Posted by Cole in 101-125k, 6 LOVE IT!, Authors S-U, Fantasy, Heat 2 - Romantic & Tame, Romance, Sex Freq 2 - Few and Far Between Tags: Alternate World Historical, Art, Artists, Carina, Class Distinctions, Indentured Slavery, John Tristan, Magic, Netgalley, Revolution, Sexual Slavery, Slow Burn, Tattoos
Author: Will Parkinson
Publisher: Dreamspinner (Harmony Ink)
Length: 53,637 words
Genre: m/m Contemporary YA Romance
Heat: 1 – Sweet/None
Sex Frequency: 1 – None
Keywords/Tags: Debut Novel, High School, Unrequited Love, Closeted, Best Friends, Straight/Gay Male Friendships, Coming Out, Coming of Age, Art/Artists, Sports, Baseball, Athletes, Abuse, Machiavellian Bad Guy, Evil Teenaged Girls!, Secrets & Lies
Rating: Not Feelin’ It
The day Jackson Kern walks into Taylor Andrews’s classroom is a momentous day in Taylor’s life. He’s had crushes before, sure, but as time goes on, this is starting to look a whole lot more serious. Still, Jackson doesn’t return Taylor’s feelings.
Taylor has his own admirers, though. Kevin Richards is used to getting what he wants, and what he wants right now is Taylor, so when Taylor rejects him, Kevin retaliates. At first Taylor’s entourage rallies around him, but then Kevin takes his deception one step further and Taylor sees his support dwindle, teaching him the valuable lesson about who he can truly consider a friend.
I’m always eager to pick up a baseball book and even though I’ve been interested in several and still plan to review a few of them, it has been a while since I’ve picked up a book from DSP’s young adult imprint. From what I gather in the acknowledgements, this is Will Parkinson’s debut novel. Sometimes it’s a gamble picking books to read by a new author or an author I’ve never read, but that’s another part of reviewing that I like. Reviewing gives me the opportunity to read new authors and it feels like I get to enjoy more of the perks, like finding a surprise that’s worth it. Often, it’s different though and while I like some of those books I also don’t like some of them. I’m afraid to say that this book fell into the latter camp for me. While it wasn’t a total disappointment, I just didn’t connect with the book.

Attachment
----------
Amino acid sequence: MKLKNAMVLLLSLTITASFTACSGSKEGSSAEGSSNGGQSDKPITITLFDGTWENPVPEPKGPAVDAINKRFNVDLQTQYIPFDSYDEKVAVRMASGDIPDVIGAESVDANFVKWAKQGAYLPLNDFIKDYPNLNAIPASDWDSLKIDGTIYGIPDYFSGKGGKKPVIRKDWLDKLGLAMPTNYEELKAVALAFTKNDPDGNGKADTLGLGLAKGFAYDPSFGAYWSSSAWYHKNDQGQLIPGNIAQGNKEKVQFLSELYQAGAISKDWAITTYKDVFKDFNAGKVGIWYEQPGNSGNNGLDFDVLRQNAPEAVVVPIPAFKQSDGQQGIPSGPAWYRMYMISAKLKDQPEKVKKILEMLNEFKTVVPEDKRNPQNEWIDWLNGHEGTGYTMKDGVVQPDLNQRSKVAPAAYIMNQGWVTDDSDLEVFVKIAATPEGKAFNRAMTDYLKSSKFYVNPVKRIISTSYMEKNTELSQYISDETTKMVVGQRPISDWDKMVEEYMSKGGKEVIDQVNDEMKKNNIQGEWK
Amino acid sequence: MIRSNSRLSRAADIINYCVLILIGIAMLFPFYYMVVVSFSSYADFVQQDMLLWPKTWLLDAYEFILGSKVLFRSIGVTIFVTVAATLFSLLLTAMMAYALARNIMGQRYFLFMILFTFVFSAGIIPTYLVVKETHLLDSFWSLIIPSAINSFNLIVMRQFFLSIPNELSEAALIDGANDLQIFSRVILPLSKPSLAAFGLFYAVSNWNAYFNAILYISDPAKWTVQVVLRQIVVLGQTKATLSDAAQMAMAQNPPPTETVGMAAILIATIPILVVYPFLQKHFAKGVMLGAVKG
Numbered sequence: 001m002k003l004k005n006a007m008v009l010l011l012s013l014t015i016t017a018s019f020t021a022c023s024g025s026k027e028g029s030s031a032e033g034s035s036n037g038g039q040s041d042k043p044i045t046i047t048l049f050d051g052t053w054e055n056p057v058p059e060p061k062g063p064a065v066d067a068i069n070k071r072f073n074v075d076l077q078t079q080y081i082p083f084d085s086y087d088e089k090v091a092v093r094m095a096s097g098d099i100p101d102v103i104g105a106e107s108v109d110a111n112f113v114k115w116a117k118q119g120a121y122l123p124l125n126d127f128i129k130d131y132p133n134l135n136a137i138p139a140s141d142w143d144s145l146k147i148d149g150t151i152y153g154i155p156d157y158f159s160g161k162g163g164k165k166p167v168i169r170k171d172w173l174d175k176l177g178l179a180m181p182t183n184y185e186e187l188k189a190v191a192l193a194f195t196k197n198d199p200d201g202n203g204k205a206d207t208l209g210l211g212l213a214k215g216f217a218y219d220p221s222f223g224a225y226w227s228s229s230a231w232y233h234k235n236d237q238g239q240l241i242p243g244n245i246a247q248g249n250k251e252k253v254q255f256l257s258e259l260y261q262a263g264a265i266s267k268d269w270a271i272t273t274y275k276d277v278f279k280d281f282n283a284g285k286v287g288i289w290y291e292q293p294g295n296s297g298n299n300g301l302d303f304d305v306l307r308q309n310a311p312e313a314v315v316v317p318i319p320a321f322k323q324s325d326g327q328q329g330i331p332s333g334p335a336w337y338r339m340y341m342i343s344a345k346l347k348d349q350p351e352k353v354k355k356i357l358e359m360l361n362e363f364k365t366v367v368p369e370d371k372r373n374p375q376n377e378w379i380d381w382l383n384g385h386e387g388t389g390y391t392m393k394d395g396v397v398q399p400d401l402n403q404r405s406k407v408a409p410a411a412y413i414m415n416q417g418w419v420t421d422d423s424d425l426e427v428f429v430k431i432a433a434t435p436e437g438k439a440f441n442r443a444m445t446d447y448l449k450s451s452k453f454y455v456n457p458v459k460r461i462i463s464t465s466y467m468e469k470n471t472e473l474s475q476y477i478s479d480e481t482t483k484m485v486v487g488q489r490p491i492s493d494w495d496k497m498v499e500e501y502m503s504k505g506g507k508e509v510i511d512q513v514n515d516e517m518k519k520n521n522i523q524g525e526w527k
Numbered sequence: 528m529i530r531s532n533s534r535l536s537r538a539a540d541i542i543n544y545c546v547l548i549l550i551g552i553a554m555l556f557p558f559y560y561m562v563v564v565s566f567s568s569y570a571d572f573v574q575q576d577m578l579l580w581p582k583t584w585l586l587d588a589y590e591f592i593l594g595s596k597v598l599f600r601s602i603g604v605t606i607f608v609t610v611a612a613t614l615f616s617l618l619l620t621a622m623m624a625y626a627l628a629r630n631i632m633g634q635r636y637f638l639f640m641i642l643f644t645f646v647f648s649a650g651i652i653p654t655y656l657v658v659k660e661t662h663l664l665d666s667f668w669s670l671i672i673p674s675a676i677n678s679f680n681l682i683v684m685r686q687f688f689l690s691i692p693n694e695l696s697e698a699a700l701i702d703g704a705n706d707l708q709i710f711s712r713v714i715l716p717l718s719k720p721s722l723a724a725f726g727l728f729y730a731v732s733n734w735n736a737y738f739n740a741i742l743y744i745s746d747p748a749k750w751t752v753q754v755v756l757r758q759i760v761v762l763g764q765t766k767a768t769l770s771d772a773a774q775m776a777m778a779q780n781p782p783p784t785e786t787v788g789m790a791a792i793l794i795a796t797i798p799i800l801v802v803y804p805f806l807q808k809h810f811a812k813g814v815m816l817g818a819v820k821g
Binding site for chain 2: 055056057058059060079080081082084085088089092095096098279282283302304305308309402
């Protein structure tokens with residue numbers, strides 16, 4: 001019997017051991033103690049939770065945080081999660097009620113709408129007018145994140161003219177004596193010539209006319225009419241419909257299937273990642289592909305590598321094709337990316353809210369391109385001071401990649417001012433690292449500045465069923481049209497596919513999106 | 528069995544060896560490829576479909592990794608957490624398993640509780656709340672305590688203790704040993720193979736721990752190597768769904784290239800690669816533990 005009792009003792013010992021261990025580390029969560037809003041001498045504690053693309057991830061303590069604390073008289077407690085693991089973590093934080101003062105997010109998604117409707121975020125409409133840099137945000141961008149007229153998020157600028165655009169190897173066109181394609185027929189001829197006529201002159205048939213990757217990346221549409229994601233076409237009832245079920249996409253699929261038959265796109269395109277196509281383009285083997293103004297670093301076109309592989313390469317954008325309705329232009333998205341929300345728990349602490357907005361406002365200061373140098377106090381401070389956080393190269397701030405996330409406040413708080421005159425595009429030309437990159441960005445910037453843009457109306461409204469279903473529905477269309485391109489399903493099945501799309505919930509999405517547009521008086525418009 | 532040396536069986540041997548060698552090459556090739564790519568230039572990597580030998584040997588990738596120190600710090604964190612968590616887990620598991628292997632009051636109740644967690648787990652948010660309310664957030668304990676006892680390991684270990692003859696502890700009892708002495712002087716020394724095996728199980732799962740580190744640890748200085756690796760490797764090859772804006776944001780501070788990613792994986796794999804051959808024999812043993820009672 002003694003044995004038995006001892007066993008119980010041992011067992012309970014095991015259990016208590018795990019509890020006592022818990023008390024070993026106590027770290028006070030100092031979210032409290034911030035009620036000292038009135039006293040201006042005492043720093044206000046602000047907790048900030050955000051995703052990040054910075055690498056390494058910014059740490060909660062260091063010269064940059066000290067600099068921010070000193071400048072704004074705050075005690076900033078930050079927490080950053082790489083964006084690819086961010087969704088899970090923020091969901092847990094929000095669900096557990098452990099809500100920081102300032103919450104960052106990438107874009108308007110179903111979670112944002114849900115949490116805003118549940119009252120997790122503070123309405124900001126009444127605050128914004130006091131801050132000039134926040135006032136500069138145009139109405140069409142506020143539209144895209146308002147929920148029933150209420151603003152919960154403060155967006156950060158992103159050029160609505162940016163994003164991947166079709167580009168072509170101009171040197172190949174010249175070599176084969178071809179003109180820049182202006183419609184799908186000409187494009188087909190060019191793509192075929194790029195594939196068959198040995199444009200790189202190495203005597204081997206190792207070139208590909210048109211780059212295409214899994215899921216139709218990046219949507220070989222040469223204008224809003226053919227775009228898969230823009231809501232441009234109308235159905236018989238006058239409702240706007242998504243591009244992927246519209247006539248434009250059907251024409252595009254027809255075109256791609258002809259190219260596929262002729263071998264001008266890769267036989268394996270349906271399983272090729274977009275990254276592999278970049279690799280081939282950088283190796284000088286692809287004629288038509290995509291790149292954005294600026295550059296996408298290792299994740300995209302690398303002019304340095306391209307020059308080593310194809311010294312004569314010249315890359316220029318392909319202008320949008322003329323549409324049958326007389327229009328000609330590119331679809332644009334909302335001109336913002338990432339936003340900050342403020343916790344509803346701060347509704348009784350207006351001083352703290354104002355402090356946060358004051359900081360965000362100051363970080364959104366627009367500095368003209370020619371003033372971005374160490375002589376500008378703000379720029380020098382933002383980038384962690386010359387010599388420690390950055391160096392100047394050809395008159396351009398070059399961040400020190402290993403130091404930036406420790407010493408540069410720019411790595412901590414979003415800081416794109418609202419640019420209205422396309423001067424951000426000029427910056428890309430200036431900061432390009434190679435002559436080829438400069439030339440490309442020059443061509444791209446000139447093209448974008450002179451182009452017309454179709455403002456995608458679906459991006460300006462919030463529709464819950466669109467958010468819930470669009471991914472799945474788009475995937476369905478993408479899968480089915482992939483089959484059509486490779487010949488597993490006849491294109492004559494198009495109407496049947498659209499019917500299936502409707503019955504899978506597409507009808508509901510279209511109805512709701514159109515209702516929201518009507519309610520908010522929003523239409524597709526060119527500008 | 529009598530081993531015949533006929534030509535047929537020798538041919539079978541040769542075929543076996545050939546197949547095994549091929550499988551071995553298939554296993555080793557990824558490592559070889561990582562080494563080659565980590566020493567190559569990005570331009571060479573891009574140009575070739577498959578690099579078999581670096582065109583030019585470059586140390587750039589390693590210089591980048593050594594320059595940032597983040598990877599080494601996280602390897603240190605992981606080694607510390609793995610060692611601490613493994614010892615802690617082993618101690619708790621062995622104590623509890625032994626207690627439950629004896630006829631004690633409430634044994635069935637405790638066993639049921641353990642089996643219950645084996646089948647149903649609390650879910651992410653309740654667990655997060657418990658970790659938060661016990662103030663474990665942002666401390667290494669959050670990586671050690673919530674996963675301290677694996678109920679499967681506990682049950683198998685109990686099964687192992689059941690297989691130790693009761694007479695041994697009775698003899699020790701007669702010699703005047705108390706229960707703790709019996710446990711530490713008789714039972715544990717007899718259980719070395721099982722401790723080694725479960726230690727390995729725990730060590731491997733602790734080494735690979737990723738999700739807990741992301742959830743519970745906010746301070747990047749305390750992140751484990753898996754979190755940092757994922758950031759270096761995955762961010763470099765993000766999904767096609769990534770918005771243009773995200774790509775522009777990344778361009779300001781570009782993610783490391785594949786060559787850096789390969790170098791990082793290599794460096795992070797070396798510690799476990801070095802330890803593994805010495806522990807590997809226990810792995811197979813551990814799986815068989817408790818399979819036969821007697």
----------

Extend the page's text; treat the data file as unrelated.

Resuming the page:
Taylor is a gay sophomore in a Milwaukee, Wisconsin high school. His best friend Benny is straight and the only person alive who knows his secret. They’re best friends and always have been and Benny is a rather special guy that is wise beyond his years, intelligent and loyal. Pitch opens on the day that a new student starts at Taylor’s school. Jackson walks into Taylor’s homeroom, looking nervous and totally sexy and Taylor immediately wants to draw him. What follows over the next year is an intense unrequited love that just doesn’t seem to go away, no matter how hard Taylor tries and Benny cautions. No matter how much Taylor is told that Jackson is disgusted by his little boy crush from Jackson’s cheerleader girlfriend, Taylor just can’t seem to stay away.
It isn’t until he and Benny gain some perspective on their problems during the next summer, camp counseling for abused kids, that Taylor starts to grow up. He still has feelings for Jackson, but he’s less likely now to follow him around like a lost puppy. So when a kid from a neighboring school asks him out during their Halloween dance, Taylor decides to take him up on it. He really starts to like Kevin, but he is prey unknowingly walking into Kevin’s trap. It takes some extremely tough decisions and way too much heartbreak and drama to realize that much of what he thought before wasn’t true, about most of the people he knew.